[7] Desiderius Erasmus, “Paraphrases of the New Testament,” in Desiderii Erasmi Roterodami Opera Omnia (1706; repr. Hildesheim, Leiden: Brill, 1962), 7:146, quoted in Abraham Friesen, Erasmus, the Anabaptists, and the Great Commission (Grand Rapids, Mich.: W.B. Eerdmans Pub., 1998), 50-51.

[8] Rick Warren, “The Anabaptists and the Great Commission: The Effect of the Radical Reformers on Church Planting,” in The Anabaptists and Contemporary Baptists, Restoring New Testament Christianity: Essays in Honor of Paige Patterson (Nashville, TN: B&H Academic, 2013), 85-86.

 

The Swiss Brethren and Worship: Part II

In the previous post addressed some of the items employed by the Swiss Brethren within the context of the Gemeinde, namely the Froschauer Bible, Swiss Brethren Concordance, Ausbund and Golden Apples in Silver Bowls. Some more elements were employed by the Brethren that will be covered here followed by my final thoughts regarding their nature and use in addition to whether a first century method of worship is attainable at present.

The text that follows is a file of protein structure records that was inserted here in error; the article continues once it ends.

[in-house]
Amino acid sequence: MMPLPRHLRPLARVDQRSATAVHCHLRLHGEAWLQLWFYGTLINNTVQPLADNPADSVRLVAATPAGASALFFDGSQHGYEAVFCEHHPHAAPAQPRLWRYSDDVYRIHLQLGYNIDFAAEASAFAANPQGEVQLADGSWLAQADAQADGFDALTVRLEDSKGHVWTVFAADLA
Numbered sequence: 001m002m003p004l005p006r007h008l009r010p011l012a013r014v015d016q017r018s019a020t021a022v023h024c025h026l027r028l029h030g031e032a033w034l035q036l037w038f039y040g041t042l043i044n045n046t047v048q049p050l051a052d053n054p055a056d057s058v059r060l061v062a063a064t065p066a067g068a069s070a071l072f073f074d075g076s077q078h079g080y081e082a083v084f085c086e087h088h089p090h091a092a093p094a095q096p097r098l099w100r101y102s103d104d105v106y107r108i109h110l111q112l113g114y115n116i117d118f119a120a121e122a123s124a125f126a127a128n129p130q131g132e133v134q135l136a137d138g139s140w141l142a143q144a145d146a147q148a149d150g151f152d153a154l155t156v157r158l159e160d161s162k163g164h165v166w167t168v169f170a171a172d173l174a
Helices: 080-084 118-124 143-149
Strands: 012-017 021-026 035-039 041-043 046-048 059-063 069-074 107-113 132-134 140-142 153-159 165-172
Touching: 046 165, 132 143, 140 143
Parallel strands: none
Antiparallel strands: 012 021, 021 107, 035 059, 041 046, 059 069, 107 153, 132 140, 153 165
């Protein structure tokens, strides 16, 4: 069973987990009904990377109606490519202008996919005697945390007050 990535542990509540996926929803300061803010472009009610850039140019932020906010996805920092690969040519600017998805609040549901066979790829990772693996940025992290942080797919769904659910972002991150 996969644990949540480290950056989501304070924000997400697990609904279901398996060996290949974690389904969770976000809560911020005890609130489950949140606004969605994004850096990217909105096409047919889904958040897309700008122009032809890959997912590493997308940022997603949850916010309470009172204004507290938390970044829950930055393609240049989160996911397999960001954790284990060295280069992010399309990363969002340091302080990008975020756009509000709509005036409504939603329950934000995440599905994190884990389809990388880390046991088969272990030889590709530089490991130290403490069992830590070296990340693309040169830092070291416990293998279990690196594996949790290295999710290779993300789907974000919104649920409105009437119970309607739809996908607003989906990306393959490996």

Bound Volumes (Sammelbänder)

Prior to the formation of Golden Apples in Silver Bowls there was during the closing of the 16th century “the writings of several Anabaptist martyrs had gained a kind of canonical status among the Swiss Brethren. Particularly favored were Michael Sattler, Thomas Imbroich and Matthaes Cervaes, who writings were cited authoritatively in Swiss Brethren correspondence and apologetical works.”[1] The works of the above-mentioned individuals plus various accounts of martyrdom of Dutch Anabaptists branch and prayers was bounded together for use by the Swiss Brethren.

The Strasbourg Discipline

The Strasbourg Discipline was drawn up in 1568 was the means to find a “more concrete basis for unity in 1568 when representatives from numerous Swiss Brethren congregations met in Strasbourge to formulate a common church order, or discipline (Ordnung).”[2] This document became the codified stand relating to “ecclesiological and ethical practices that would shape the Swiss Brethren”.[3] It was originally drawn and accepted in 1568 and reaffirmed in the year 1607. It contains 23 articles touching on practical questions that were being asked during that time in history in relation to congregational life. It was not binding in the fashion that creeds or confessions of faith are in Popish and Repopish circles. The document served as testimony to their efforts to move towards a monolithic comprehension of the faith specifically in practical areas.